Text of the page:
A senior advisor to the Cubs, Williams will represent the team at the Draft for the second successive year. He played for the Cubs from 1959-74 and had three stints on the coaching staff (1980-82, 1986-87, and 1992-2001). Williams batted .296 with the Cubs, including a National League-leading .333 in 1972, when he hit 37 homers and drove in 122 runs.
The six-time NL All-Star hit 20 or more home runs 14 times, had 90-plus RBI seasons 10 times, and batted at least .300 five times. Williams still holds several club records for a left-handed hitter. He has the most at-bats (8,479), hits (2,510), home runs (392), RBIs (1,353), extra-base hits (881), total bases (4,262) and slugging percentage (.503).
The sweet swinging outfielder was inducted into the Hall of Fame in 1987 and his No. 26 was retired by the Cubs that year.
Williams, who turns 72 on June 15, still wears a uniform in Spring Training with the Cubs, working with the outfielders and hitters.
In 2009, the Cubs selected outfielder Brett Jackson from the University of California Berkeley in the first round of the Draft. Jackson was invited to Spring Training camp and was playing this season for Class A Daytona. This year, the Cubs have the 16th pick in the first round and do not pick again until 65th, in the second round.
MLB.com will offer live coverage and analysis of the entire First-Year Player Draft on June 7-9 on MLB.com/Live. The first round and Compensation Round A will be broadcast live from MLB Network's Studio 42 in Secaucus, N.J., on MLB.com and MLB Network on Monday, June 7, beginning with the Draft preview show at 5 p.m CT.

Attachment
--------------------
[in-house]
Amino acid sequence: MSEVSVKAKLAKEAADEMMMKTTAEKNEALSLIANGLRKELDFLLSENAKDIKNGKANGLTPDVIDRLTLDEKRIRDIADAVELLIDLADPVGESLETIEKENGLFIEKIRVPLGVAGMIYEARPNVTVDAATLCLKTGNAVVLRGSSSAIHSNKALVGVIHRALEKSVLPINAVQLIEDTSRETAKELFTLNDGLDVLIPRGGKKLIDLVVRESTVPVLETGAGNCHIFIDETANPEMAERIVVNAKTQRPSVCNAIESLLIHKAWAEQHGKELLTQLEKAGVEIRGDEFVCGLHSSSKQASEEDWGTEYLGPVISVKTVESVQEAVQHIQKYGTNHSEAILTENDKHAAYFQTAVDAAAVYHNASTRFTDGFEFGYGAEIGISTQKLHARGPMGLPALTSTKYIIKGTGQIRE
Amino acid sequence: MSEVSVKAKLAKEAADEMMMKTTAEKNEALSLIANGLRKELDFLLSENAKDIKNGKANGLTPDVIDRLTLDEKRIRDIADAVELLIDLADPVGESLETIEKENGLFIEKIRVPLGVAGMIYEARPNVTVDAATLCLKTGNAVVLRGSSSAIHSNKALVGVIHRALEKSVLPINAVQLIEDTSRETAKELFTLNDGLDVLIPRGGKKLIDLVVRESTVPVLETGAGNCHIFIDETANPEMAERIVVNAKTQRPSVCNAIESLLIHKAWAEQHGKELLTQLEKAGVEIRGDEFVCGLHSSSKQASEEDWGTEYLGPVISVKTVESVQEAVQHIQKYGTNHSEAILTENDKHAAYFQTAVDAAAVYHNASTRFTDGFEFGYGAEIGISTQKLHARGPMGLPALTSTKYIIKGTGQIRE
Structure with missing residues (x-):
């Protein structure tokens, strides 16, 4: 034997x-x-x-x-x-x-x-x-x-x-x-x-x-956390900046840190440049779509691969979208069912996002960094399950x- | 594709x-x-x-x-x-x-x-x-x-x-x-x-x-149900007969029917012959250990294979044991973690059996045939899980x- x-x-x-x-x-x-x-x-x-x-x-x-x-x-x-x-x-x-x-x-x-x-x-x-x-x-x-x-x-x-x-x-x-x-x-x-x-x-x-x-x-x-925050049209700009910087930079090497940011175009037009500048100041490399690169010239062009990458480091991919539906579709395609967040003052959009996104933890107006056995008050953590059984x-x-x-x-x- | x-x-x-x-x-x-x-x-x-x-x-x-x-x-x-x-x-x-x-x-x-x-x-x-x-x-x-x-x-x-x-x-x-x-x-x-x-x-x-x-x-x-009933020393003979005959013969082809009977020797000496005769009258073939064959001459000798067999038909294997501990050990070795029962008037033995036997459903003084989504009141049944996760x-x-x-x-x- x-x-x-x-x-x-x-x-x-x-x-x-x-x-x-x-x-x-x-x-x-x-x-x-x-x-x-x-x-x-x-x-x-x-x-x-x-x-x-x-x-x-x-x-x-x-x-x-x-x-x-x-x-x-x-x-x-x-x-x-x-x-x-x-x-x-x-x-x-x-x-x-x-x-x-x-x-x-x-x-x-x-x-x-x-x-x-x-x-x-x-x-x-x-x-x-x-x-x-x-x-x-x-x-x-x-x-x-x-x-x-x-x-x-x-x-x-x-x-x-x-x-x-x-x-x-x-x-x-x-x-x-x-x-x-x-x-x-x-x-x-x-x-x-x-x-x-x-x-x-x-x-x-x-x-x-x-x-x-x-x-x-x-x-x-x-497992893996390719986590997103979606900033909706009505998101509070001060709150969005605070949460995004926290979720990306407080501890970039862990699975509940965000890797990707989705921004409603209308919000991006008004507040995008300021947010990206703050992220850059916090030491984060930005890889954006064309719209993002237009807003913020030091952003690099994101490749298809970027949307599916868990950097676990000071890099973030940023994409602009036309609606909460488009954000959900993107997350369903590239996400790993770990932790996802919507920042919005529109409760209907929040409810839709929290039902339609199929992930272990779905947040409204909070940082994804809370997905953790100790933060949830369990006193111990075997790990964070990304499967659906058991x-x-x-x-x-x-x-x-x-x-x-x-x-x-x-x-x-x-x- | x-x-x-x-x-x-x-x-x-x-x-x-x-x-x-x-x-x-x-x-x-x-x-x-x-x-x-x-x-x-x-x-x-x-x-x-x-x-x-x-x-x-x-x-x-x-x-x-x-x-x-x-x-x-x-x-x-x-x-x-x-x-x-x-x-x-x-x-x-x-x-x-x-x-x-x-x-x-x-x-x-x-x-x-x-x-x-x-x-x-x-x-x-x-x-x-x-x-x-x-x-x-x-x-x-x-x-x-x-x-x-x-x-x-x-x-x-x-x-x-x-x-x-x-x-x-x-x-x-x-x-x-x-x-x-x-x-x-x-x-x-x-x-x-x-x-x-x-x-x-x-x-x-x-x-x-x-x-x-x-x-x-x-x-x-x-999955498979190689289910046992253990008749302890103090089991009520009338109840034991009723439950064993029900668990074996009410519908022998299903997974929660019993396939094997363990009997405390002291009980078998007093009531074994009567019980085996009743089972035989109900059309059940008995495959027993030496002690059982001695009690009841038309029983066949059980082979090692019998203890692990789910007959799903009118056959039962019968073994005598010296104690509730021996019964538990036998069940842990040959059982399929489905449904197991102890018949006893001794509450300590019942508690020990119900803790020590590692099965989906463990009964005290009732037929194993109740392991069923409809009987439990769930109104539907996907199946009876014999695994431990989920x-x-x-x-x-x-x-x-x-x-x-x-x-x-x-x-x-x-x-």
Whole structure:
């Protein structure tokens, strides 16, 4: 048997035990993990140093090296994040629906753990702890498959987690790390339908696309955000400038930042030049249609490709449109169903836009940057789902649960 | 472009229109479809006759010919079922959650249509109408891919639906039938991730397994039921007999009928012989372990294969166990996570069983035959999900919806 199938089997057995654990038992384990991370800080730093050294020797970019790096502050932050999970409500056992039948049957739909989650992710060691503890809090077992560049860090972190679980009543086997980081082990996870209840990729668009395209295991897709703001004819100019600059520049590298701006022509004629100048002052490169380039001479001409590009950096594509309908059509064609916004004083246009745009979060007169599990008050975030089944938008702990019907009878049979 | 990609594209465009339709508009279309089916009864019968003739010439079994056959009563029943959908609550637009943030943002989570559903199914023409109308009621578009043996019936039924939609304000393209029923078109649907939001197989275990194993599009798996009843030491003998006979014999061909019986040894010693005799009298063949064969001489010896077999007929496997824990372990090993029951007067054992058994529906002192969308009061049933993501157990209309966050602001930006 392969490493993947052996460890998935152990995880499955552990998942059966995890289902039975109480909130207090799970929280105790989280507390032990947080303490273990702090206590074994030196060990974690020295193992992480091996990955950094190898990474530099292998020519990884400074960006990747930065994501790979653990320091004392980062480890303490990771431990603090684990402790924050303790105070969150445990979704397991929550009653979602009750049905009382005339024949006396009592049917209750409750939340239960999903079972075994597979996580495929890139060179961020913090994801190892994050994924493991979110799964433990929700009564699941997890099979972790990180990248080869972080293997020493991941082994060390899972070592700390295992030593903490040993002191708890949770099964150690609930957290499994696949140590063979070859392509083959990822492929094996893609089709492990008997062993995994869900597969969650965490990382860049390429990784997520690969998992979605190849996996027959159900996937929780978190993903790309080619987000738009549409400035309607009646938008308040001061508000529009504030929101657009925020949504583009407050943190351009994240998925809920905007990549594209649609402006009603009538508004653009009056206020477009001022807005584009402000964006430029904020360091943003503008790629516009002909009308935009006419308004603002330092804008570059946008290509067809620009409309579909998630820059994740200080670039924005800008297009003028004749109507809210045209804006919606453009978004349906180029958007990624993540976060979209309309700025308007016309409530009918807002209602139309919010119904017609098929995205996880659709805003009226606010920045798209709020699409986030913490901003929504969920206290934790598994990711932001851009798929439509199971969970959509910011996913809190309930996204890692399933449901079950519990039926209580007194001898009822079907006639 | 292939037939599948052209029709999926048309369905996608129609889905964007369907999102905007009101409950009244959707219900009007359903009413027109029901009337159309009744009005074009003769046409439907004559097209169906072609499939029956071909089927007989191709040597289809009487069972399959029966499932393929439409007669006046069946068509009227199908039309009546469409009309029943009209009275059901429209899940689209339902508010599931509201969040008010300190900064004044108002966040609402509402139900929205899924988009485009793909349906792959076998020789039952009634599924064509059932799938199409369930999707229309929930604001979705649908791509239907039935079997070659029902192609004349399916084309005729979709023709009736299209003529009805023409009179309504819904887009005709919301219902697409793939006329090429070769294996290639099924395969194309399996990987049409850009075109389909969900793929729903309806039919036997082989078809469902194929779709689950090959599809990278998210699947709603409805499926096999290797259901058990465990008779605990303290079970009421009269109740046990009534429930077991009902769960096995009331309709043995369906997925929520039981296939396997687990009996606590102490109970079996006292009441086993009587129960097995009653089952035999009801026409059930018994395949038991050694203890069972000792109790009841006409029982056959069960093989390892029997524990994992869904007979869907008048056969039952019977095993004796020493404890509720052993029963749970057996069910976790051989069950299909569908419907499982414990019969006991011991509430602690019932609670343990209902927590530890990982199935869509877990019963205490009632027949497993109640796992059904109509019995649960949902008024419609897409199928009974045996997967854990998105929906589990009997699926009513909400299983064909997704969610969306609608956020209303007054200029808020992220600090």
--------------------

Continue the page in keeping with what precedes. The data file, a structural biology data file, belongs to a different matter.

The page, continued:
MLB.com Draft expert Jonathan Mayo will join Greg Amsinger, Harold Reynolds, John Hart, Peter Gammons and Baseball America executive editor Jim Callis on Monday's broadcast.
Coverage for Rounds 2-50 will shift exclusively to MLB.com/Live, where Rounds 2-30 will be streamed on Tuesday, beginning at 11 a.m., and Rounds 31-50 will be streamed on Wednesday, starting at 11 a.m. Host Pete McCarthy will be joined by Mayo and former general manager Jim Duquette.
Carrie Muskat is a reporter for MLB.com. This story was not subject to the approval of Major League Baseball or its clubs.